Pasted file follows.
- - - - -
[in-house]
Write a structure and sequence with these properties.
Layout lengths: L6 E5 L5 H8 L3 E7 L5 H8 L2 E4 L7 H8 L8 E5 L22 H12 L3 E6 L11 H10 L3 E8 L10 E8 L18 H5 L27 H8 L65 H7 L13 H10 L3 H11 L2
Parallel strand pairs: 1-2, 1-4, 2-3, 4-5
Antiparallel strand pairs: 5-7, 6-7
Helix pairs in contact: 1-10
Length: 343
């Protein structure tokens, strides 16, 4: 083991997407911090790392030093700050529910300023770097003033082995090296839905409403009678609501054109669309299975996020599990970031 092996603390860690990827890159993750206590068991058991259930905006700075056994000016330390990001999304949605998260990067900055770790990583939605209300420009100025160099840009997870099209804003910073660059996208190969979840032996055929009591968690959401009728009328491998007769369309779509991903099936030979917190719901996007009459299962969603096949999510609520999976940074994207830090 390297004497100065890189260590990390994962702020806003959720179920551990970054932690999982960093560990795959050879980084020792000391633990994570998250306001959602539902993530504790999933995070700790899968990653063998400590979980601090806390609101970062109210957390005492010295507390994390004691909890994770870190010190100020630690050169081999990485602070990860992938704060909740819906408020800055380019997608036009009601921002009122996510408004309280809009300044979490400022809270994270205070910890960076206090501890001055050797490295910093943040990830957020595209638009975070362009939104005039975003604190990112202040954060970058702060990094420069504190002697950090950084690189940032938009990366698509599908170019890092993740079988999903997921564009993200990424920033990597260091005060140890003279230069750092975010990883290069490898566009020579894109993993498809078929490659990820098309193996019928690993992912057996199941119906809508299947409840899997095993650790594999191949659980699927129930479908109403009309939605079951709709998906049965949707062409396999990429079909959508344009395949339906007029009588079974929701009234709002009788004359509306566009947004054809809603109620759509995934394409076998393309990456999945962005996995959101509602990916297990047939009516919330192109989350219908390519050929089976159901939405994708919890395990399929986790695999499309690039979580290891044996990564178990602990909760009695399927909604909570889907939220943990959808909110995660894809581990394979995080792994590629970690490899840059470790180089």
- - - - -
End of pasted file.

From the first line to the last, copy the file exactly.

[in-house]
Write a structure and sequence with these properties.
Layout lengths: L6 E5 L5 H8 L3 E7 L5 H8 L2 E4 L7 H8 L8 E5 L22 H12 L3 E6 L11 H10 L3 E8 L10 E8 L18 H5 L27 H8 L65 H7 L13 H10 L3 H11 L2
Parallel strand pairs: 1-2, 1-4, 2-3, 4-5
Antiparallel strand pairs: 5-7, 6-7
Helix pairs in contact: 1-10
Length: 343
């Protein structure tokens, strides 16, 4: 083991997407911090790392030093700050529910300023770097003033082995090296839905409403009678609501054109669309299975996020599990970031 092996603390860690990827890159993750206590068991058991259930905006700075056994000016330390990001999304949605998260990067900055770790990583939605209300420009100025160099840009997870099209804003910073660059996208190969979840032996055929009591968690959401009728009328491998007769369309779509991903099936030979917190719901996007009459299962969603096949999510609520999976940074994207830090 390297004497100065890189260590990390994962702020806003959720179920551990970054932690999982960093560990795959050879980084020792000391633990994570998250306001959602539902993530504790999933995070700790899968990653063998400590979980601090806390609101970062109210957390005492010295507390994390004691909890994770870190010190100020630690050169081999990485602070990860992938704060909740819906408020800055380019997608036009009601921002009122996510408004309280809009300044979490400022809270994270205070910890960076206090501890001055050797490295910093943040990830957020595209638009975070362009939104005039975003604190990112202040954060970058702060990094420069504190002697950090950084690189940032938009990366698509599908170019890092993740079988999903997921564009993200990424920033990597260091005060140890003279230069750092975010990883290069490898566009020579894109993993498809078929490659990820098309193996019928690993992912057996199941119906809508299947409840899997095993650790594999191949659980699927129930479908109403009309939605079951709709998906049965949707062409396999990429079909959508344009395949339906007029009588079974929701009234709002009788004359509306566009947004054809809603109620759509995934394409076998393309990456999945962005996995959101509602990916297990047939009516919330192109989350219908390519050929089976159901939405994708919890395990399929986790695999499309690039979580290891044996990564178990602990909760009695399927909604909570889907939220943990959808909110995660894809581990394979995080792994590629970690490899840059470790180089």